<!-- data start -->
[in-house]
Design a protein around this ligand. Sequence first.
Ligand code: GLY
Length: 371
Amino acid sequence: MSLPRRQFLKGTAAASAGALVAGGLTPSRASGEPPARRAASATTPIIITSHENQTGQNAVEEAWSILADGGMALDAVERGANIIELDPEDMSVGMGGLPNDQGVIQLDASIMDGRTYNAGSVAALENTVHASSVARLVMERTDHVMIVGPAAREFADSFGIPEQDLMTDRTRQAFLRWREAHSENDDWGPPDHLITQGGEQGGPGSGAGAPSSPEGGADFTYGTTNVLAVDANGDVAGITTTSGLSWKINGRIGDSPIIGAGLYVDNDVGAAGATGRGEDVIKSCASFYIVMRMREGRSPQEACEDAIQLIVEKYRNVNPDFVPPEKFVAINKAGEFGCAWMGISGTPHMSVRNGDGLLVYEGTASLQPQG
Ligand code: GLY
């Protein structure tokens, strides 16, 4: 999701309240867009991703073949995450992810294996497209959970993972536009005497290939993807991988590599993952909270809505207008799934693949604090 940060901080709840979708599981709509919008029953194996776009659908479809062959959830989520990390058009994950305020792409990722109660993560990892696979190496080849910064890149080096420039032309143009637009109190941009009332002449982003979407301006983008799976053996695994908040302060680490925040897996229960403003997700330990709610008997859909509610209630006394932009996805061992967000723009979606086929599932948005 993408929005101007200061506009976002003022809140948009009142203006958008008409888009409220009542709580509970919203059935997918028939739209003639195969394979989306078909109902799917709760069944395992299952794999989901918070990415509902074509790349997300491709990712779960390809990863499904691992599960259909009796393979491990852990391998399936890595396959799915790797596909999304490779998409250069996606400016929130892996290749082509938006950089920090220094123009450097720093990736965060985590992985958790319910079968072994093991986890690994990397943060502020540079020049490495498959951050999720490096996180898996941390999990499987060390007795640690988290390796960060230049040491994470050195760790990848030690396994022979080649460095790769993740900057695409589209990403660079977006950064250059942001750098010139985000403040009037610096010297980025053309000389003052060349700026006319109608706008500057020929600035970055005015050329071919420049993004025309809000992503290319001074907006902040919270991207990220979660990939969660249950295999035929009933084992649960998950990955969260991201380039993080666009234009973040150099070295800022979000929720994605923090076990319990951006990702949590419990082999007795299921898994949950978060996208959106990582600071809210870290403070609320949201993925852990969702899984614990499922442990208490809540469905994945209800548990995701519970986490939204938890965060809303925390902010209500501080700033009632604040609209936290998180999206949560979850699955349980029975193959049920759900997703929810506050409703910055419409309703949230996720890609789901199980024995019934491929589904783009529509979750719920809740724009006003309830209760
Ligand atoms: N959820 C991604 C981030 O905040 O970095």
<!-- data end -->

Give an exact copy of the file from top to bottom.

[in-house]
Design a protein around this ligand. Sequence first.
Ligand code: GLY
Length: 371
Amino acid sequence: MSLPRRQFLKGTAAASAGALVAGGLTPSRASGEPPARRAASATTPIIITSHENQTGQNAVEEAWSILADGGMALDAVERGANIIELDPEDMSVGMGGLPNDQGVIQLDASIMDGRTYNAGSVAALENTVHASSVARLVMERTDHVMIVGPAAREFADSFGIPEQDLMTDRTRQAFLRWREAHSENDDWGPPDHLITQGGEQGGPGSGAGAPSSPEGGADFTYGTTNVLAVDANGDVAGITTTSGLSWKINGRIGDSPIIGAGLYVDNDVGAAGATGRGEDVIKSCASFYIVMRMREGRSPQEACEDAIQLIVEKYRNVNPDFVPPEKFVAINKAGEFGCAWMGISGTPHMSVRNGDGLLVYEGTASLQPQG
Ligand code: GLY
């Protein structure tokens, strides 16, 4: 999701309240867009991703073949995450992810294996497209959970993972536009005497290939993807991988590599993952909270809505207008799934693949604090 940060901080709840979708599981709509919008029953194996776009659908479809062959959830989520990390058009994950305020792409990722109660993560990892696979190496080849910064890149080096420039032309143009637009109190941009009332002449982003979407301006983008799976053996695994908040302060680490925040897996229960403003997700330990709610008997859909509610209630006394932009996805061992967000723009979606086929599932948005 993408929005101007200061506009976002003022809140948009009142203006958008008409888009409220009542709580509970919203059935997918028939739209003639195969394979989306078909109902799917709760069944395992299952794999989901918070990415509902074509790349997300491709990712779960390809990863499904691992599960259909009796393979491990852990391998399936890595396959799915790797596909999304490779998409250069996606400016929130892996290749082509938006950089920090220094123009450097720093990736965060985590992985958790319910079968072994093991986890690994990397943060502020540079020049490495498959951050999720490096996180898996941390999990499987060390007795640690988290390796960060230049040491994470050195760790990848030690396994022979080649460095790769993740900057695409589209990403660079977006950064250059942001750098010139985000403040009037610096010297980025053309000389003052060349700026006319109608706008500057020929600035970055005015050329071919420049993004025309809000992503290319001074907006902040919270991207990220979660990939969660249950295999035929009933084992649960998950990955969260991201380039993080666009234009973040150099070295800022979000929720994605923090076990319990951006990702949590419990082999007795299921898994949950978060996208959106990582600071809210870290403070609320949201993925852990969702899984614990499922442990208490809540469905994945209800548990995701519970986490939204938890965060809303925390902010209500501080700033009632604040609209936290998180999206949560979850699955349980029975193959049920759900997703929810506050409703910055419409309703949230996720890609789901199980024995019934491929589904783009529509979750719920809740724009006003309830209760
Ligand atoms: N959820 C991604 C981030 O905040 O970095």